In Kazazian v. Commissioner, T.C. Memo 2017-135, the Court denied attorney’s fees to a petitioner who succeeded in gaining innocent spouse status. The Court determined that she was not a prevailing party under the statutory definition of IRC 7430. The Court also determined that even if she were a prevailing party she did not prove that she incurred meaningful costs with the respect to the case.
Petitioner is a lawyer who had a solo practice run as a Schedule C. She also owned real estate and the joint return reported losses attributable to the rental real estate activities. The year at issue in the case is 2009. She separated from her husband in 2010 and divorced in 2011. The IRS audited the joint 2009 return and disallowed the rental losses, disallowed some of her claimed Schedule C expenses and disallowed each spouses’ claim for innocent spouse relief. In Appeals, some losses and some expenses were allowed and the husband was granted partial innocent spouse relief. Appeals did not grant Petitioner innocent spouse relief. She agreed to the tax adjustments but did not agree to the determination regarding her status as an innocent spouse. Both spouses alleged abuse by the other.
Petitioner filed her Tax Court petition on the issue of her status as an innocent spouse. Shortly before the case was calendared, the IRS agreed that she was entitled to relief under 6015(f) and a stipulation of settled issues was filed. She requested fees. As a curious person, I would like to know why the IRS granted her innocent spouse relief since the liabilities seem to stem from adjustments related to her if I am reading the opinion correctly. That, however, will remain a mystery.
The Court addresses her claim for fees and notes that she makes the request both with respect to both the administrative and litigation phases of the case. Because petitioner did not file a qualified offer, the Court states that the position of the IRS is “substantially justified” if it is “justified to a degree that could satisfy a reasonable person” and has a “reasonable basis both in law and fact.” Swanson v. Commissioner, 106 T.C. 76, 86 (1996). The fact that the IRS ultimately loses or concedes a case does not make the position unreasonable but the Court notes that this can be considered in determining reasonableness.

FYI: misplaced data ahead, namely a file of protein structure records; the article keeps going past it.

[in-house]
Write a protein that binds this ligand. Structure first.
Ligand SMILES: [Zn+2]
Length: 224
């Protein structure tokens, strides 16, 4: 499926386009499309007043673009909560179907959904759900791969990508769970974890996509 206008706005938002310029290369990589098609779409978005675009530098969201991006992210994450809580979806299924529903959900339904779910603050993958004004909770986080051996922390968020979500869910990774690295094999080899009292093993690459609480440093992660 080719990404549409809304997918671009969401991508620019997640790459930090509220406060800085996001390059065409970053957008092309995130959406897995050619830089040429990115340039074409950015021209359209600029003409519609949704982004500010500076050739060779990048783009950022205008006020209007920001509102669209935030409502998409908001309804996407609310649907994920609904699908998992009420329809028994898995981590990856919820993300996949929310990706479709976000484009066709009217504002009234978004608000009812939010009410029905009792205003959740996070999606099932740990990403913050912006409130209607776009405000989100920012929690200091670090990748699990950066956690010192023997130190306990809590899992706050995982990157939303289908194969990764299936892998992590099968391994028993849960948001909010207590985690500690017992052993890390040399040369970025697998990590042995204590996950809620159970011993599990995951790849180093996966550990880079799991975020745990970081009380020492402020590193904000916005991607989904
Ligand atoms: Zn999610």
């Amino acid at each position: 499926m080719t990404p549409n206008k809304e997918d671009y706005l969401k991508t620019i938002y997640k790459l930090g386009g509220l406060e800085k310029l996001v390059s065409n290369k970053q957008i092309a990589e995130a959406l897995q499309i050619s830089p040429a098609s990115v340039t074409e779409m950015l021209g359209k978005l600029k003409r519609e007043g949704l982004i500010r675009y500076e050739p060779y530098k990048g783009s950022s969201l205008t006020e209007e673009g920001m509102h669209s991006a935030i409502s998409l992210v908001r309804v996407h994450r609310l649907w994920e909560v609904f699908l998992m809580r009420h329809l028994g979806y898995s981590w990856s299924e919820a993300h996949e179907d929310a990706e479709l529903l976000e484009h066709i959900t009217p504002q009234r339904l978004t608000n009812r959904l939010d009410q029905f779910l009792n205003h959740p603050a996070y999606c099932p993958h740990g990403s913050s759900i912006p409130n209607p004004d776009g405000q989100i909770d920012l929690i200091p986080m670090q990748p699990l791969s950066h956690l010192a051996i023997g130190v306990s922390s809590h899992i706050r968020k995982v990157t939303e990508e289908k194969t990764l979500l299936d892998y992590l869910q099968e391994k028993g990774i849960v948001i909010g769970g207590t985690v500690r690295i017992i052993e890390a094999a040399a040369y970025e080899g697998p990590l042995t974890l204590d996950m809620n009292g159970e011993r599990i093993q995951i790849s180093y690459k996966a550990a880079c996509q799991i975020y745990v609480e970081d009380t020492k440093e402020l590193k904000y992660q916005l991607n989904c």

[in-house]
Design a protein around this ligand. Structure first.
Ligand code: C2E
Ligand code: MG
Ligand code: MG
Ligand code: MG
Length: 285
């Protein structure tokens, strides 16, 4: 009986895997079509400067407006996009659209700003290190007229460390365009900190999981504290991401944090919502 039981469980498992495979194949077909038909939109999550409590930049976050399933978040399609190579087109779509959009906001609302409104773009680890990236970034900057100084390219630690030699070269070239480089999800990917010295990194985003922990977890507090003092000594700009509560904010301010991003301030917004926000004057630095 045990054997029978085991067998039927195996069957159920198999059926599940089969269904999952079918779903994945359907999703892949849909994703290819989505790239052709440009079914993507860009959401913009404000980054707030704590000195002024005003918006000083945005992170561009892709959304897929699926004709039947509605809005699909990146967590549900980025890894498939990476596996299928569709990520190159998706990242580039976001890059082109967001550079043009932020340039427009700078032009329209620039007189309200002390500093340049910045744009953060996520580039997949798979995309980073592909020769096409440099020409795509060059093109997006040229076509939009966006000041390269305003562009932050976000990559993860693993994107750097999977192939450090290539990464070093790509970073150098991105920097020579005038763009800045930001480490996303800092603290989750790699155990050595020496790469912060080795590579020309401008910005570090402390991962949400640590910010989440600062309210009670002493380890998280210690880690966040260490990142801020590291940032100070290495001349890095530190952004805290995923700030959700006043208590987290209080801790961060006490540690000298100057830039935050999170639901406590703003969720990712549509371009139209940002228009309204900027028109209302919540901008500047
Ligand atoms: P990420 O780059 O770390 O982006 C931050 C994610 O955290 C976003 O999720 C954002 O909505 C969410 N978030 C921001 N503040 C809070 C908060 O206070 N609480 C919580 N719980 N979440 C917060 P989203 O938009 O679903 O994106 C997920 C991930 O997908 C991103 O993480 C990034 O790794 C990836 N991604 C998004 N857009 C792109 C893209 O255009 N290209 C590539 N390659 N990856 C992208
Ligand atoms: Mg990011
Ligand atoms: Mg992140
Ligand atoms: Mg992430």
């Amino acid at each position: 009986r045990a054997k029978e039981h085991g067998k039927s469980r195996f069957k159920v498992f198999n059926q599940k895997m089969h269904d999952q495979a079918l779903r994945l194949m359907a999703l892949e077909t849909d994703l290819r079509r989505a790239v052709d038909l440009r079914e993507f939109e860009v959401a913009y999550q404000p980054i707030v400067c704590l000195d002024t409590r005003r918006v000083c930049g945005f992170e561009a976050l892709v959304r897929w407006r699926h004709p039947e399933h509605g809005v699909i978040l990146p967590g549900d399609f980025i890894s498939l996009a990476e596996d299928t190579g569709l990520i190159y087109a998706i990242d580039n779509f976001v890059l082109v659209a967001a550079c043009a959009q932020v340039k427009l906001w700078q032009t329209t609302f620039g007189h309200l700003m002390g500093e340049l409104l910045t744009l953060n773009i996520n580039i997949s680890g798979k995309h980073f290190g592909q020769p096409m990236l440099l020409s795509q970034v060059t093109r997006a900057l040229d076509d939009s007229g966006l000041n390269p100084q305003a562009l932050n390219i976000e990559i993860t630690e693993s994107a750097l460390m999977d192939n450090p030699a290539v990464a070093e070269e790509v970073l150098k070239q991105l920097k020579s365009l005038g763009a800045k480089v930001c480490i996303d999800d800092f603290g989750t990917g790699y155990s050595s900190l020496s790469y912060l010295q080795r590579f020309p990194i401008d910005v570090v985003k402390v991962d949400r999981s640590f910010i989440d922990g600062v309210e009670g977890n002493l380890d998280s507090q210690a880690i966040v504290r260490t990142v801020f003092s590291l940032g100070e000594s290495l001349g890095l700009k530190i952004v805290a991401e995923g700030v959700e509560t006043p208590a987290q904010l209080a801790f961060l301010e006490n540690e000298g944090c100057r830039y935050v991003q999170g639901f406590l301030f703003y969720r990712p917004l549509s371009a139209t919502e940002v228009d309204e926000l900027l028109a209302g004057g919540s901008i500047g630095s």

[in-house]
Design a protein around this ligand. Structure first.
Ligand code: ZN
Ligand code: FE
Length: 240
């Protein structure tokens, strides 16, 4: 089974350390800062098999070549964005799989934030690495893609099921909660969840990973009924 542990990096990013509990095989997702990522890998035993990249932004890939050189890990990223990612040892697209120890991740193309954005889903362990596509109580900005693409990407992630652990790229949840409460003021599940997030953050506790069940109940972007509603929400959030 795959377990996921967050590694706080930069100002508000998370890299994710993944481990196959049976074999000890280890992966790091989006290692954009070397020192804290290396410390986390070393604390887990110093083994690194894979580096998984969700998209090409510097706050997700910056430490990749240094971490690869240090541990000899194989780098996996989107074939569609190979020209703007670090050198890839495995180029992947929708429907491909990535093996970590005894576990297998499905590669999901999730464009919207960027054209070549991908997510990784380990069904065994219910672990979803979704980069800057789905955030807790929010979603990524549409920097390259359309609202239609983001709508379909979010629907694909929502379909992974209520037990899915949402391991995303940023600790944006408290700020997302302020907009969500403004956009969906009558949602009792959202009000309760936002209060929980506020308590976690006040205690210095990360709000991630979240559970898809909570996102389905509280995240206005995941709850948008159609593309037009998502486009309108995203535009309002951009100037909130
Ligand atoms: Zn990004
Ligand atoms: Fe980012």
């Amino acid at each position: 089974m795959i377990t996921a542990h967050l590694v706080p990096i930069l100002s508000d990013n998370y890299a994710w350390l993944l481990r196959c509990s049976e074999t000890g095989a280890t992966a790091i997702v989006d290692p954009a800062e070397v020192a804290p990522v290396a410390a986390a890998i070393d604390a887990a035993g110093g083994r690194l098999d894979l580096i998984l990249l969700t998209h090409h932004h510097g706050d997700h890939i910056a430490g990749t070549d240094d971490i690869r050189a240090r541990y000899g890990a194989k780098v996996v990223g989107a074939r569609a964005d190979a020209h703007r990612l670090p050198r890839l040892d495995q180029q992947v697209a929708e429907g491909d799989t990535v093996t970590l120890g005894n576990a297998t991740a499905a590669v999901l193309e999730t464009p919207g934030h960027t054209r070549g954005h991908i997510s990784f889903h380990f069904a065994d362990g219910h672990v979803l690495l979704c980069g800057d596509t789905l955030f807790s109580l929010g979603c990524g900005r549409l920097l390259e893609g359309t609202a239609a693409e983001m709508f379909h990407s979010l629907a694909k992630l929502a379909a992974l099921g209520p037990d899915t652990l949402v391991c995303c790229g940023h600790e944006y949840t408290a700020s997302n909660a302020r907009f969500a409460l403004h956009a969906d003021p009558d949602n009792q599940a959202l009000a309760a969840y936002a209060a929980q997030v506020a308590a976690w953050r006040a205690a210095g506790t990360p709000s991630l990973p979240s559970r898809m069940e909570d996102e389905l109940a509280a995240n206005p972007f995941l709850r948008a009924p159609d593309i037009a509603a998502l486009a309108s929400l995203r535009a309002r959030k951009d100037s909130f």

Petitioner argued that the return preparer acting on behalf of her ex-husband made the decision to treat her as a real estate professional without consulting her. The Court finds that no factual basis for this argument exists. It finds she actively engaged with the preparer. The Court goes through a brief analysis of the determination of the Appeals Officer that she did not qualify for innocent spouse relief. The Court seems to have the same problem I do understanding why Chief Counsel’s office conceded this case. It finds the determination of the Appeals Officer reasonable and states that “there is no evidence in the record as to the basis for this concession.” Neither party is required to put such evidence into the record when making a concession but here it would have been very helpful if petitioner had done so. If we could know why Chief Counsel decided to concede the case perhaps we could understand why they did so and why it was unreasonable for the Appeals Officer to fail to concede the case.
The Court finds that “notwithstanding this concession, we conclude that the AO’s determination that the petitioner was entitled to no relief under section 6015(f) had a ‘reasonable basis both in law and fact’ and was ‘justified to a degree that could satisfy a reasonable person.’”
Aside from the problem of not providing the Court with an understanding of how she came to win the case and how it was unreasonable for Appeals not to have conceded it, petitioner has the problem of not proving the basis for her claim for a specific amount of fees. She failed to submit the affidavit required by Rule 232(d) and relied on the declaration included with her original motion. Because she represented herself (and did a great job), she has trouble showing her costs other than her $60 filing fee. Her time entries and those of her accountants do not break out the time to reflect time worked on the innocent spouse aspect of the case as opposed to the other issues present. In response to a request by the IRS for more detailed records regarding the time spent on the innocent spouse issue, petitioner made what the Court deemed as a frivolous response stating that she devoted 1,000 hours over four years to resolve the matter and her billing rate is $350 per hour. So, she argued she should really receive $350,000.
Petitioner’s path to victory on the innocent spouse issue remains a mystery and that mystery makes it hard for the Court to decide the IRS was unreasonable when it initially decided she did not qualify for such relief. The case makes the point that when the IRS concedes and you want fees and the basis for the concession does not jump out from the available facts, you must take the time and effort to put into the record the basis for the concession. I hope there is some reason that the Chief Counsel attorneys conceded what looks like from these facts to be a very strong case on their side of the argument. Whatever reasons that exist for the concession need to be made known by petitioner in order to show the Court that she substantially prevailed. Without a qualified offer, it is hard enough to show this. On these facts it seems impossible.
Of course, showing why the IRS was so wrong is only one thing you must do if you want fees. You also have to show how you calculated the fees you seek. Petitioner’s somewhat frivolous response to the request for more data further doomed her chances for recovering fees.